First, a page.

UK’s Sharma Criticizes ‘Last-Minute’ Dilution of Energy Goal (08:27 a.m.)
Alok Sharma, UK lead negotiator and president of last year’s COP in Glasgow, called the progress on loss and damage a “historic decision,” but condemning the failure to deliver on the mitigation goal. He said the final text did not include a clear follow-through on phasing down coal or fossil fuels and a “last minute” addition weakened the energy element — a reference to language that allows a transition to “low-emission” sources, which some argue could mean natural gas.
“This is not a moment of unqualified celebration. Many of us came here to safeguard the outcomes we secured in Glasgow and to go further still,” he said. The 1.5C goal “remains on life support.”
Ministers Praise ‘Implementation COP’ for Delivering (7:31 a.m.)
Pakistan’s Climate Minister Sherry Rehman said reaching a ‘historic consensus’ on the establishment of a loss and damage fund was a response to “the voices of the vulnerable, the damaged, and the lost of the whole world.”
“We have struggled for 30 years on this path and today, in Sharm El-Sheikh, this journey has achieved its first positive milestone. The establishment of a fund is not about dispensing charity. It is clearly a down-payment on the longer investment in our joint futures. It is a down-payment and an investment in climate justice.” said Rehman, whose home country now chairs the group of G77 and China. “You promised an implementation COP and you delivered an implementation COP.”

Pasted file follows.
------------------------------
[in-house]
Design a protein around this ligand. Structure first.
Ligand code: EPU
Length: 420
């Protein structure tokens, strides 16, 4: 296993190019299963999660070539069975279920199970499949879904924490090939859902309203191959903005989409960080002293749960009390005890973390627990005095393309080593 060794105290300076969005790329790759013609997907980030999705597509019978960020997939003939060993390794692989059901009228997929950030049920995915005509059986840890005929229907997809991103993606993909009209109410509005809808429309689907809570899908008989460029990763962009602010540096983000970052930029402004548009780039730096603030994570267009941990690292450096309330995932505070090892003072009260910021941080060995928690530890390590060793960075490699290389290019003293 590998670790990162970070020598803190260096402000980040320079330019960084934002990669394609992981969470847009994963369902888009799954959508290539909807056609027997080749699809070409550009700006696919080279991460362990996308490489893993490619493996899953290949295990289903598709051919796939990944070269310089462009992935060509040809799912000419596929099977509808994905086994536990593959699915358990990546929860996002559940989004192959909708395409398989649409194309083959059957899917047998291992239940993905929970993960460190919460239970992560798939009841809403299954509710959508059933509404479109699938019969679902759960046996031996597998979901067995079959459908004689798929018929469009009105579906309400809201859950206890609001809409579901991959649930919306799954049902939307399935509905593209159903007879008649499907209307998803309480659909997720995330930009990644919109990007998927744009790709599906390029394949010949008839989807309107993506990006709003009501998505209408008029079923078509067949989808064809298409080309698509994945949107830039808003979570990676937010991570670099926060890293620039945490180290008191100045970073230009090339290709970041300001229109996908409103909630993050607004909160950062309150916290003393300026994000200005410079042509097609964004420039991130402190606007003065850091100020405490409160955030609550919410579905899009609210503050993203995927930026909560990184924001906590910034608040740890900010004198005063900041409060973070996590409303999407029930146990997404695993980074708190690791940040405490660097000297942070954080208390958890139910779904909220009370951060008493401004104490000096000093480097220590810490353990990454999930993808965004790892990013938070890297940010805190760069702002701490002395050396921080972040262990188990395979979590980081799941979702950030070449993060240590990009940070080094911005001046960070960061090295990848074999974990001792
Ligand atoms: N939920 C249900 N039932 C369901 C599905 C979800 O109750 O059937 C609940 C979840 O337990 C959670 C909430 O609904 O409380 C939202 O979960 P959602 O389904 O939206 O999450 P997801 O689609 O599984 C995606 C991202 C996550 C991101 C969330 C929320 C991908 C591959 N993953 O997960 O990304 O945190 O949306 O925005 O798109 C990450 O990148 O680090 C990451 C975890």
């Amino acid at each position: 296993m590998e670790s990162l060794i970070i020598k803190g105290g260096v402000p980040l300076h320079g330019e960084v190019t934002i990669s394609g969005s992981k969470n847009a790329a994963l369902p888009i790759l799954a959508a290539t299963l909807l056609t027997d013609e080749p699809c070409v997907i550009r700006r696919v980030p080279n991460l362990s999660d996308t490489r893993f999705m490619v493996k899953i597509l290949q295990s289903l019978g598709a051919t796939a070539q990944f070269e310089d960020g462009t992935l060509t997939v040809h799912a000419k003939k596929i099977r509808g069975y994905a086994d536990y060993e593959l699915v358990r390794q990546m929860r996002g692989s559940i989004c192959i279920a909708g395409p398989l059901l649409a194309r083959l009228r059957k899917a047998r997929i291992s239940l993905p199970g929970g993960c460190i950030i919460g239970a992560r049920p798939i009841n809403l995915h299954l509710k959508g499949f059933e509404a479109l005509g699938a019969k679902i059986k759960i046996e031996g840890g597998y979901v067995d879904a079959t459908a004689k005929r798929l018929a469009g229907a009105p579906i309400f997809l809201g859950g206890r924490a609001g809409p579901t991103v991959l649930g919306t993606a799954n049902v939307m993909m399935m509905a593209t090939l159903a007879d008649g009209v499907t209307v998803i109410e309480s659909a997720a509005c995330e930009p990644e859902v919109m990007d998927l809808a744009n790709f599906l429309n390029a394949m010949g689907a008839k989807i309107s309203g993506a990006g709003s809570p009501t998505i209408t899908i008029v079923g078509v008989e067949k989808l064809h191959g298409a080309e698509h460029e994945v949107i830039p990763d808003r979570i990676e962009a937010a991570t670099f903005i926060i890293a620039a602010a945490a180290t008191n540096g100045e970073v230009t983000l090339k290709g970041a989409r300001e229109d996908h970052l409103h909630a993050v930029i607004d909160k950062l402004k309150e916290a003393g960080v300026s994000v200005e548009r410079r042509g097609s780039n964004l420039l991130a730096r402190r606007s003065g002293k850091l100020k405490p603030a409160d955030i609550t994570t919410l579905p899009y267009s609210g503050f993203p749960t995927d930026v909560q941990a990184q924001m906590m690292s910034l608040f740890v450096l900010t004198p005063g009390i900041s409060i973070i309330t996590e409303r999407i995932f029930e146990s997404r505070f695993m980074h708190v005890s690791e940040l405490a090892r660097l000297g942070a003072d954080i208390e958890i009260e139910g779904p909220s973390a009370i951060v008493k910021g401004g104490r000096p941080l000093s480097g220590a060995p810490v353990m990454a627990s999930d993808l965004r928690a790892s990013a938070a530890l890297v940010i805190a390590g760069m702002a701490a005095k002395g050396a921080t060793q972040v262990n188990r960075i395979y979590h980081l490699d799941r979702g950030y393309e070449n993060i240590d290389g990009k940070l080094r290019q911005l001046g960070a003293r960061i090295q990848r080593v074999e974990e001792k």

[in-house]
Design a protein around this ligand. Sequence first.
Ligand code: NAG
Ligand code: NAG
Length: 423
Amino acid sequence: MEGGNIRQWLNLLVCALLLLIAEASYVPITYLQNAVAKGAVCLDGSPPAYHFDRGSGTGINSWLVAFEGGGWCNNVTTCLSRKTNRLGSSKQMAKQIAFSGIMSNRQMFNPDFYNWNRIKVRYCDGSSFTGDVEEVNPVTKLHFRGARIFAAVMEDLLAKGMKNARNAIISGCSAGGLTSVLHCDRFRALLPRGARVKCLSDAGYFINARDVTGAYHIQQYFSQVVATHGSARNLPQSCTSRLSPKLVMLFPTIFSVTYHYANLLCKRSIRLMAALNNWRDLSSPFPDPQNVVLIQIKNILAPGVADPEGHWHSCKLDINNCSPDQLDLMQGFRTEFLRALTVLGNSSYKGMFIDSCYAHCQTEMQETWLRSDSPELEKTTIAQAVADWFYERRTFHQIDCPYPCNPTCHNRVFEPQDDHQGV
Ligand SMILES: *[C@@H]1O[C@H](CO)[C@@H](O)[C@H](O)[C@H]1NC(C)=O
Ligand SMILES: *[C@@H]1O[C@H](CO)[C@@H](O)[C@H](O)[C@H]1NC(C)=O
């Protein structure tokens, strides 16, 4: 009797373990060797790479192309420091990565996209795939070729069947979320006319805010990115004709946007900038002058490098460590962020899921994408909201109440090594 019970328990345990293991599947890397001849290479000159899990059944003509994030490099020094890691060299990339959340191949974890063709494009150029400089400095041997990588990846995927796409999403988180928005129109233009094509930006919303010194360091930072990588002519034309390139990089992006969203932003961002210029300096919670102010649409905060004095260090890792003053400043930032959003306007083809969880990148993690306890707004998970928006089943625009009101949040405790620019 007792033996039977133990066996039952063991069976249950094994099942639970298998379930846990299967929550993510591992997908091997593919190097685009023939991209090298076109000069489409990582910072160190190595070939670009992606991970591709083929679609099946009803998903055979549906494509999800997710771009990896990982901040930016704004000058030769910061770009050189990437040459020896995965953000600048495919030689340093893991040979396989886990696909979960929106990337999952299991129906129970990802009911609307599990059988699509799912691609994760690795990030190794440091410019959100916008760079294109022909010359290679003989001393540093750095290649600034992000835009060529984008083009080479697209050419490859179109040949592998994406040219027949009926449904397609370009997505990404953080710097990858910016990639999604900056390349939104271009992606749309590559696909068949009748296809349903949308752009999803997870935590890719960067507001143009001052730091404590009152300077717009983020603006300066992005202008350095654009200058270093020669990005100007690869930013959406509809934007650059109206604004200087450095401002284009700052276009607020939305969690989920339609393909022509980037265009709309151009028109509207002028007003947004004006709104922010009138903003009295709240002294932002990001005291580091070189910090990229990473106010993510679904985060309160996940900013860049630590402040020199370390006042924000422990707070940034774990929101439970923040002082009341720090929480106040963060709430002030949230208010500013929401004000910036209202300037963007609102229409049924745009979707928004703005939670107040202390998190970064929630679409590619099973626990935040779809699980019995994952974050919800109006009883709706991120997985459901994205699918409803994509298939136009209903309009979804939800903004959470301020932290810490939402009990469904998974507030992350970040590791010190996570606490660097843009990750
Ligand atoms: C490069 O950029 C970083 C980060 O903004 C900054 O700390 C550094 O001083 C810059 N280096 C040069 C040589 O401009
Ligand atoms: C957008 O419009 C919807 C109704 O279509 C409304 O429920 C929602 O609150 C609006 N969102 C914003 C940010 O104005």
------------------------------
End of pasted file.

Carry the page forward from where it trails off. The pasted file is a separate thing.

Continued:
Meanwhile, Collins Nzovu, Zambia’s environment minister, said he was speaking on behalf of the African continent when he celebrated the decision to create a loss and damage facility. Nzovu also praised the work program adopted for mitigation activities, echoing Rehman’s comments that the summit had been billed as an implementation COP and “it had delivered.”
EU’s Climate Chief Slams Excuses on Lacking Climate Ambition (7:26 a.m.)
Frans Timmermans, the European Union’s climate chief, said COP27 failed to close the gap to reach the target of keeping global warming below 1.5C.
“The world will not thank us when it hears only excuses tomorrow,” he said. The COP27 decision “does not address the yawning gap” of action needed to meet the temperature goal.
After a turbulent week for the bloc, including a threat to walk away from the talks, He said the EU did not want to scupper the compenstion facility for loss and damage to fight for more ambition. But he said the world would have to do a lot more to meet the 1.5C goal.